5 Reasons Why You Should Meditate Daily

The mind is a complicated place. It is a haven for the good stuff like dreams, aspirations and visions. But sometimes (or most of the time, for some people), it can also be a space for negative stuff like anxiety, worry and stress. As if the world isn’t packed by enough stress-inducing events like adulthood, along came COVID-19.

In a study done this year, 55% of Americans said that they are more stressed now and this is largely because of the pandemic. Given the circumstances, who wouldn’t be? Our minds are already loaded with stuff that doesn’t spark joy way more than Marie Kondo can hope to declutter. Is there a way to quiet down the noise and achieve inner peace?

The answer is quite simple: meditation. Meditation is the process of training your mind to have the ability to focus and increase your awareness of yourself and your surroundings. It is an ancient practice that has gained popularity in recent years because of its effects on a person's overall well being. Why should you incorporate meditation in your daily routine? Here are 5 reasons why:

Promotes better emotional health

Stressors are inevitable. It’s pointless to even think about removing them from your life because it’s something you can never have control over. What you do have control over is the way you respond to them and process them. When you meditate, you center your thoughts into becoming more self-aware, you redirect your thoughts from a place of worrying to a place of being at peace with what’s happening around you. The less you worry about something, the less anxious you become. The less mind space you dedicate to these thoughts, the more space you have for positive thoughts such as a positive outlook in life.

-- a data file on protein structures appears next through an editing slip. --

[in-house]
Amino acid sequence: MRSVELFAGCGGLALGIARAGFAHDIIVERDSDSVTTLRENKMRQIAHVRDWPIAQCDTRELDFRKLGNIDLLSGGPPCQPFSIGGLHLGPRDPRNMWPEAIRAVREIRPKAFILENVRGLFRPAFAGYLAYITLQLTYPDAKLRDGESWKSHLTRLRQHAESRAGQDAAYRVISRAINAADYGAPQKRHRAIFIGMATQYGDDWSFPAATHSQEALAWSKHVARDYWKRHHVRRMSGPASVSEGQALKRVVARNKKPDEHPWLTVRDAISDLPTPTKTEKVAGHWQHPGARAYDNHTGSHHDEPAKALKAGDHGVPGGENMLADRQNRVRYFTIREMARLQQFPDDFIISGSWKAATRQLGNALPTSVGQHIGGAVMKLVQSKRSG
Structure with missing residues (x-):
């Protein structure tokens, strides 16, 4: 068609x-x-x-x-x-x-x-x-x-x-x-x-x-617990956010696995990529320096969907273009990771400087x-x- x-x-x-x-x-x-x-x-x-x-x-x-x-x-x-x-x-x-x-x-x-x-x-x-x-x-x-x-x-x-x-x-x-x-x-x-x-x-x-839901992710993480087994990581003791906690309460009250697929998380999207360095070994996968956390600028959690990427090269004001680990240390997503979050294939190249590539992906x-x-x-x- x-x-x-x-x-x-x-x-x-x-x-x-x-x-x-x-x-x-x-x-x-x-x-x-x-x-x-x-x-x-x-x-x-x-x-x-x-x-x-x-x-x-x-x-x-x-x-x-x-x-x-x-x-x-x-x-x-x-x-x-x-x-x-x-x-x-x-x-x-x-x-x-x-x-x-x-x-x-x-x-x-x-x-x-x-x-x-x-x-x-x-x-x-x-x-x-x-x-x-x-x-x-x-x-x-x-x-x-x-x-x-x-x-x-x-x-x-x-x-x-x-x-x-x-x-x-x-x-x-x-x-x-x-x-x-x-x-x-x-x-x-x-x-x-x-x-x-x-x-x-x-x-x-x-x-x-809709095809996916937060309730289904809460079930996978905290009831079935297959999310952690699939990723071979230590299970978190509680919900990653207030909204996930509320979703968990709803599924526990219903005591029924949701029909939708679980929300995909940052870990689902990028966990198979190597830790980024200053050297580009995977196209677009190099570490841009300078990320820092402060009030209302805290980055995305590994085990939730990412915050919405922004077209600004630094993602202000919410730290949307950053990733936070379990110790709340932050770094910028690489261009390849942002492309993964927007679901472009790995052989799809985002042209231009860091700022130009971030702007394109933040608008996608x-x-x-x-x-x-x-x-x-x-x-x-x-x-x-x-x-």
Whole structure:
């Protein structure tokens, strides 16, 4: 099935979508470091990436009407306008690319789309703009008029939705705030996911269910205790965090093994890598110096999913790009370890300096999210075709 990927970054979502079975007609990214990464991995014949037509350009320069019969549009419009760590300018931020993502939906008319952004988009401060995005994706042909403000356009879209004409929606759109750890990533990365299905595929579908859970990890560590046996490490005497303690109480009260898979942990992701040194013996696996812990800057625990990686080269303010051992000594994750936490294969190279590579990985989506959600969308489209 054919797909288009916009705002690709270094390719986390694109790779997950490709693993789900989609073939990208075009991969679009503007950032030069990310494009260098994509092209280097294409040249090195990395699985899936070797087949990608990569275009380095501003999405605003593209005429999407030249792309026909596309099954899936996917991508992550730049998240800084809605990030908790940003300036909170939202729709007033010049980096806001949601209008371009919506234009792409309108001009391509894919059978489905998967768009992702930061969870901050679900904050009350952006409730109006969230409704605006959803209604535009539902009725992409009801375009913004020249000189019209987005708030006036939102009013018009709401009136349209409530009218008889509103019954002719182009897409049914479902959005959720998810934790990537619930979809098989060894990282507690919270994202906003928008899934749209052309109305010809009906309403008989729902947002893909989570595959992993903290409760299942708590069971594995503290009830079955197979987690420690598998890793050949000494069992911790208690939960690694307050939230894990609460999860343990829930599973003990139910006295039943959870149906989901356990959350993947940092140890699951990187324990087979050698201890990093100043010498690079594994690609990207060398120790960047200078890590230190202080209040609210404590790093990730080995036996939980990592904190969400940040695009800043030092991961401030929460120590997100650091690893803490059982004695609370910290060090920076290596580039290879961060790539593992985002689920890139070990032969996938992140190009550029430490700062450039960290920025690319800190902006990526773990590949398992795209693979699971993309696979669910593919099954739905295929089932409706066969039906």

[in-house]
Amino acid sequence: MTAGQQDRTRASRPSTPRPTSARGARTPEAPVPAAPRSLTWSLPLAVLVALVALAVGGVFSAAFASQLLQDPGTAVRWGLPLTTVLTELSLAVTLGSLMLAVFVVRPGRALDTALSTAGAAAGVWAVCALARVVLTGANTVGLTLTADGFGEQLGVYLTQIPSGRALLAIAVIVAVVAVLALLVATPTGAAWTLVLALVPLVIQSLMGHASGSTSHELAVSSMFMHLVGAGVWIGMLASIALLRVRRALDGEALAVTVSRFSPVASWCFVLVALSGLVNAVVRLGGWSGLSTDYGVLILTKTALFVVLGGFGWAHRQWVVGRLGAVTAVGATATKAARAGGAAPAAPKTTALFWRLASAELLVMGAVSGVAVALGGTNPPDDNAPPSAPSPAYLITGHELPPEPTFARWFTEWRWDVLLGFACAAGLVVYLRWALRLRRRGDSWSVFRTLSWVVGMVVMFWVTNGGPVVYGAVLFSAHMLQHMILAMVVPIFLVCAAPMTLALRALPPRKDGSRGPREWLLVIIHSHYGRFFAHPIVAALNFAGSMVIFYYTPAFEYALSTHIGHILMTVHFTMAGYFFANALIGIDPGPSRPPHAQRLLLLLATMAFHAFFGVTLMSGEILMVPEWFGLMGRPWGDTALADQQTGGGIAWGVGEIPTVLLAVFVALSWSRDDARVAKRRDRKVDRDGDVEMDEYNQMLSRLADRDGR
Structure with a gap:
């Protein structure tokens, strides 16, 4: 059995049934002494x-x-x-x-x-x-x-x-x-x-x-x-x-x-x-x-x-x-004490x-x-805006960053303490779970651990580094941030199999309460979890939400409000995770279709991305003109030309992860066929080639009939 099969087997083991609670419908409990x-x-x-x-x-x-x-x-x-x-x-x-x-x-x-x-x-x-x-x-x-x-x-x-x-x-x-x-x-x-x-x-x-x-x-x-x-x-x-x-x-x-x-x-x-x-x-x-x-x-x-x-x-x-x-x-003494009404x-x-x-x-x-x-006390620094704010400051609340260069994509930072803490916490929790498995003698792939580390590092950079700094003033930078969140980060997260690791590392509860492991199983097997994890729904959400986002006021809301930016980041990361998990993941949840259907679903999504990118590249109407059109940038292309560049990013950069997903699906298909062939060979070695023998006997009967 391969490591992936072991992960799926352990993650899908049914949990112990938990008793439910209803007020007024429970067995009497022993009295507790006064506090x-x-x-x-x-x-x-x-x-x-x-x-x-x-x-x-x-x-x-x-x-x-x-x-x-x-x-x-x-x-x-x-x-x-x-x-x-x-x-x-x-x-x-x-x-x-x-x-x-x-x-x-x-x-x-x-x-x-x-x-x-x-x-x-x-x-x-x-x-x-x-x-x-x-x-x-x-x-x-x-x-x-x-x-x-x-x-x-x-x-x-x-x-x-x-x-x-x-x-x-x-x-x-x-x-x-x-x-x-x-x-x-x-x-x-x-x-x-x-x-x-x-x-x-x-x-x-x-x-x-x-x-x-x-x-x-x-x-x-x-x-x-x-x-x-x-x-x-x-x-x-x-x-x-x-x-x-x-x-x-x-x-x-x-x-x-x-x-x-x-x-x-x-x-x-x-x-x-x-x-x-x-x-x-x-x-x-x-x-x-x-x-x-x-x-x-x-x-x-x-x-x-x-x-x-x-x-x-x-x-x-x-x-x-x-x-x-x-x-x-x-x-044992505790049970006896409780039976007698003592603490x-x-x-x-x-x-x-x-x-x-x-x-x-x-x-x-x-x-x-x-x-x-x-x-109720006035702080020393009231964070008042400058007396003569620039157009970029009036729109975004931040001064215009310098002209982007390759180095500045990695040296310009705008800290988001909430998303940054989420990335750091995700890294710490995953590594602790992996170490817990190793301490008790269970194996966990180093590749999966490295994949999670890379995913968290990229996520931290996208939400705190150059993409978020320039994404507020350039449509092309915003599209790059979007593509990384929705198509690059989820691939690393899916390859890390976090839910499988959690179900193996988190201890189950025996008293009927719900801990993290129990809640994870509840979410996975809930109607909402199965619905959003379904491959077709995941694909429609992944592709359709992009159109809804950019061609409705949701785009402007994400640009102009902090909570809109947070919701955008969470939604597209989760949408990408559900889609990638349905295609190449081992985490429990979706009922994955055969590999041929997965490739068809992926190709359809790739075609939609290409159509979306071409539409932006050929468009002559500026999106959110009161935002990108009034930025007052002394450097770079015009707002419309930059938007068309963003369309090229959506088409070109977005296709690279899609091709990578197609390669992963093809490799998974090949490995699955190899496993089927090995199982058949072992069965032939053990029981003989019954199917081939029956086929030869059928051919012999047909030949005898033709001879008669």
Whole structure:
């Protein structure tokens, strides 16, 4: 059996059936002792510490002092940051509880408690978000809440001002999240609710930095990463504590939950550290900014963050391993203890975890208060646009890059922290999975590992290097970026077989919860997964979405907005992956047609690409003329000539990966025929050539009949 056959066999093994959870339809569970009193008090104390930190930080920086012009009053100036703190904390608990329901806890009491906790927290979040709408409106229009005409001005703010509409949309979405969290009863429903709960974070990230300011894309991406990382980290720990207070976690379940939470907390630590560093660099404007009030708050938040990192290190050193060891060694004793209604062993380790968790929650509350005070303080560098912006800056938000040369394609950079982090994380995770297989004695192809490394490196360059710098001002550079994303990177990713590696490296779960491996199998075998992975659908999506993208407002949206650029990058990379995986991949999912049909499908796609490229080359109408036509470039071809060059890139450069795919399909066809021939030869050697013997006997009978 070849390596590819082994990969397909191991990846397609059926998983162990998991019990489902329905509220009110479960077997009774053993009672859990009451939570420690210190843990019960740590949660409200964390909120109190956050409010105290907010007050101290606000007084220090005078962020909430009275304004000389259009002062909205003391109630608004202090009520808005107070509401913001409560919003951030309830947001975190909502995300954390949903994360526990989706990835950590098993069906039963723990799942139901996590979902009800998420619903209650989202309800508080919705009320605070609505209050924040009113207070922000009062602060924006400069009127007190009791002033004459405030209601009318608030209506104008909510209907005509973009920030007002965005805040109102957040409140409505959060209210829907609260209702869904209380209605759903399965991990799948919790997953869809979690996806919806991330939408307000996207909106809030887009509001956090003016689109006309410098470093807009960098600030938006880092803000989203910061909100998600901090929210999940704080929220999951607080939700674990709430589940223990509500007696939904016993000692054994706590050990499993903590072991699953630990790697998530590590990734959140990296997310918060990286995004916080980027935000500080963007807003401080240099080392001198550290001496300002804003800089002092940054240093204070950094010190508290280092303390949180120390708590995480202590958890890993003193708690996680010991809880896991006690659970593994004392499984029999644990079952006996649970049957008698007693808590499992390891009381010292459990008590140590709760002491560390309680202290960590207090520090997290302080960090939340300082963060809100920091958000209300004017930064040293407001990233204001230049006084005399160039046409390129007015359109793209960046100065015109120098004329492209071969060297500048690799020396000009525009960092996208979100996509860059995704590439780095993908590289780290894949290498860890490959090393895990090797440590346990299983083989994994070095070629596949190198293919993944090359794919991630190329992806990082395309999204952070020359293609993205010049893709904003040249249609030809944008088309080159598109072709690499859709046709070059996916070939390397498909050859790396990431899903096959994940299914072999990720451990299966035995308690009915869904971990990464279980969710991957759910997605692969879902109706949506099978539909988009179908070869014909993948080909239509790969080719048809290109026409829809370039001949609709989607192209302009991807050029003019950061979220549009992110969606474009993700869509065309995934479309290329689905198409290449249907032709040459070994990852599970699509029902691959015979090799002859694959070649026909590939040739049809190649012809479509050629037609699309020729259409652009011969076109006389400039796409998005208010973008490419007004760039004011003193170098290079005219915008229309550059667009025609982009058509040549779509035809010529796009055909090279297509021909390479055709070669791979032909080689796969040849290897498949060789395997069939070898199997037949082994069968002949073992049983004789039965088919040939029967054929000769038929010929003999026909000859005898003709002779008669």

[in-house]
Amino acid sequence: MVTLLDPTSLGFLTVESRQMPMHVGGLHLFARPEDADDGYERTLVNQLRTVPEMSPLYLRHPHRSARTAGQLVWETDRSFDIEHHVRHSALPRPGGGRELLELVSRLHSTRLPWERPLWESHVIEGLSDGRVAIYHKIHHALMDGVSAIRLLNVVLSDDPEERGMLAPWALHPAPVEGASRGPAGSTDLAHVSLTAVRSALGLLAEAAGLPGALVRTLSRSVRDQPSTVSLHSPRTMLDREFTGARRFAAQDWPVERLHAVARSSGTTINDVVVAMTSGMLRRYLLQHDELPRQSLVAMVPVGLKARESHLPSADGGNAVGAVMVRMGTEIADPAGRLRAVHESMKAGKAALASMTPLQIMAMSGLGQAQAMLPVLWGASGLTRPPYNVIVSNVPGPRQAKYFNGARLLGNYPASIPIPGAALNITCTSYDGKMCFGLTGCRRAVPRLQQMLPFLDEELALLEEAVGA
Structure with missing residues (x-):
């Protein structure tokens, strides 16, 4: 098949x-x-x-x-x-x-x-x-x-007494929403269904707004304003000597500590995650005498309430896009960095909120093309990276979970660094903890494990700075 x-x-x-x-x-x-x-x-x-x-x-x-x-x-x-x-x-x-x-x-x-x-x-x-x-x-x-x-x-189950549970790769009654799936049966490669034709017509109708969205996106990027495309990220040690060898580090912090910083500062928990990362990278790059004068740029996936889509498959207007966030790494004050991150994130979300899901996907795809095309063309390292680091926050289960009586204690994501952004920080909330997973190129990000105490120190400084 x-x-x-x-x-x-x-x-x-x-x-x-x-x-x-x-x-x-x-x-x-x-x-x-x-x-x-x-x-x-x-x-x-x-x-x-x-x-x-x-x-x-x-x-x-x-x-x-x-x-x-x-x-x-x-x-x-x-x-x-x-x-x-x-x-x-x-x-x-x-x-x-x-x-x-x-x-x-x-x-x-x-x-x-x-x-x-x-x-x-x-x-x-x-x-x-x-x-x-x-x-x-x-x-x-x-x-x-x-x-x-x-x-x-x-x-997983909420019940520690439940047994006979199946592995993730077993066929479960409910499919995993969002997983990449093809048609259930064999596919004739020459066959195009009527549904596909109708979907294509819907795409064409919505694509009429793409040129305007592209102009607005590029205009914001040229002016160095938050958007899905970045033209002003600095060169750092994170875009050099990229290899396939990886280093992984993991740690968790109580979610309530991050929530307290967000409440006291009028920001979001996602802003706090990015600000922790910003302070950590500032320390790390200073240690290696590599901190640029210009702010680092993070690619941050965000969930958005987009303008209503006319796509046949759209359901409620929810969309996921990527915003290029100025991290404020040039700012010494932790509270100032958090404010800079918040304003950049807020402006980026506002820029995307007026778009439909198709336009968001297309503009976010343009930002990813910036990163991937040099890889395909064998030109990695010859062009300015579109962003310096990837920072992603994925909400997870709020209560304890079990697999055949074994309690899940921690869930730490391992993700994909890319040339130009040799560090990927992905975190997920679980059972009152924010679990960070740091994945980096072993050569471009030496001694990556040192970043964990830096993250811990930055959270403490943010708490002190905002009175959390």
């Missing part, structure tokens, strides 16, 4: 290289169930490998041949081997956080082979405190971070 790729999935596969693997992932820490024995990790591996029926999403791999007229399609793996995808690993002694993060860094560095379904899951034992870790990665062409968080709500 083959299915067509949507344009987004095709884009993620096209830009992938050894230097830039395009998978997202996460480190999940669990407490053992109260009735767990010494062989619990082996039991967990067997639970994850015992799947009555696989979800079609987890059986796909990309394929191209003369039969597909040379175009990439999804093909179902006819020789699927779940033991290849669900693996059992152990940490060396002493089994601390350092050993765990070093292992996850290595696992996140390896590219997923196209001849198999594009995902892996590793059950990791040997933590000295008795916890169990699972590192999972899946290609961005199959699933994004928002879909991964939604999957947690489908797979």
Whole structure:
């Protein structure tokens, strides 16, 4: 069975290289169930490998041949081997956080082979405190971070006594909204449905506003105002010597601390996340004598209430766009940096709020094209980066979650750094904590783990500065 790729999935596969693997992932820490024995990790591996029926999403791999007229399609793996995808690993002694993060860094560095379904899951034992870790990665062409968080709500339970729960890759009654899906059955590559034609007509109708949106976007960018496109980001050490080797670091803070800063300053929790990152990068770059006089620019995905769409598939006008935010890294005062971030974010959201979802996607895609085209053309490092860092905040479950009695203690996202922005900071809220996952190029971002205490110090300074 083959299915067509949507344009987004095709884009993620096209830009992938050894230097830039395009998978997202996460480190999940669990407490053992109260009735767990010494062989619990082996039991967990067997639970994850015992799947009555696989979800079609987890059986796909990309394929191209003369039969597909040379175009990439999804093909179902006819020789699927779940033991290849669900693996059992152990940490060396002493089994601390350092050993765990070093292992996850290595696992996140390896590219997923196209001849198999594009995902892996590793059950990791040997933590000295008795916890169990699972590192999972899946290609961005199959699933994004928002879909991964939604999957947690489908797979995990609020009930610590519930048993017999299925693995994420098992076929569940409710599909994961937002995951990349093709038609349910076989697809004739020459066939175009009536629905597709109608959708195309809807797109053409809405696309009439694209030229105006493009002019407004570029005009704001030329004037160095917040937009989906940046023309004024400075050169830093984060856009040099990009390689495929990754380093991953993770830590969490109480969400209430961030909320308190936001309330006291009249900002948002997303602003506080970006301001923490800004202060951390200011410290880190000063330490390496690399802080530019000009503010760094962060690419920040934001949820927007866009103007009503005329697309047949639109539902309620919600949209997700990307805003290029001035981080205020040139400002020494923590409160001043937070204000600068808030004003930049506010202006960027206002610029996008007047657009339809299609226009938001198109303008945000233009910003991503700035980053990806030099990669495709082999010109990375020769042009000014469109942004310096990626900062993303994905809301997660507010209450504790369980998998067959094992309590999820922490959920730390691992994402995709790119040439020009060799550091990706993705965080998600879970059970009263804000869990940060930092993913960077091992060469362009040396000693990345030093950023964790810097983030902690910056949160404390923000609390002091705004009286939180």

Helps manage symptoms of certain diseases

There’s a growing number of research that supports the health advantages of meditation. While more research is needed to pinpoint these specific benefits, some research suggests that meditation can help manage symptoms of certain diseases like asthma, chronic pain, irritable bowel syndrome, high blood pressure and heart disease. It is true that meditation is not an alternative to the medicines administered to counter these diseases, but it can be a useful complement.

Improves sleep

Sleep is one of the body’s most important defenses against diseases. A lot of the body’s most important biological processes happen during sleep. However, it’s hard to sleep when your mind is overloaded with anxiety, stress and worries. What’s going to happen tomorrow? What if I don’t remember everything that I’ve just studied? When am I going to get a job? All these concerns, while valid and sometimes true causes for worry, hinder you from getting a restful and good night’s sleep which turns everything into a vicious cycle. You worry, you can’t sleep, you don’t do well during the day which makes you worry even more. By meditating, you rid yourself little by little of these anxieties, you free your mind of worries, making it easier for you to power down at the end of a tiring day.

Helps open new perspectives

When things become heated and difficult and you feel like there’s no other explanation or a way out of something, doesn’t it always help to step out, relax and get some air to clear your head so you can think clearer? The same thing happens when you go in and meditate. You declutter your mind and free up the space otherwise occupied by unhelpful thoughts and limiting beliefs. Through meditation, you will have the ability to see a situation from a different angle - something you wouldn’t be able to do had you not allowed your mindset to shift.

Convenient, Accessible and Free

You don’t need fancy equipment when you meditate. All you need is yourself, an area where you can be comfortable, and your willingness to let go. You don’t even have to spend anything! It also doesn’t need to be time consuming and does not usually need a lot of preparation time unlike most hobbies. Dedicate a particular time in your day when you can meditate - it can be when you wake up, during lunch hour or right before you go to sleep. Consistency is important in building a habit so try as much as you can to meditate during allotted time. Try doing it for a few minutes first, then gradually increase the duration as you become more comfortable in the habit.

Inner peace, or peace of mind, Is the state of having mental and spiritual calmness in the face of stress. The operative phrase there is “in the face of stress”, because let’s face it, stress is here and it will still be here even if we’re long gone. The only thing we can do is to navigate around it and equip ourselves with the right tools like meditation so we can show up and do more.

 

Hero Image by Jared Rice on Unsplash.

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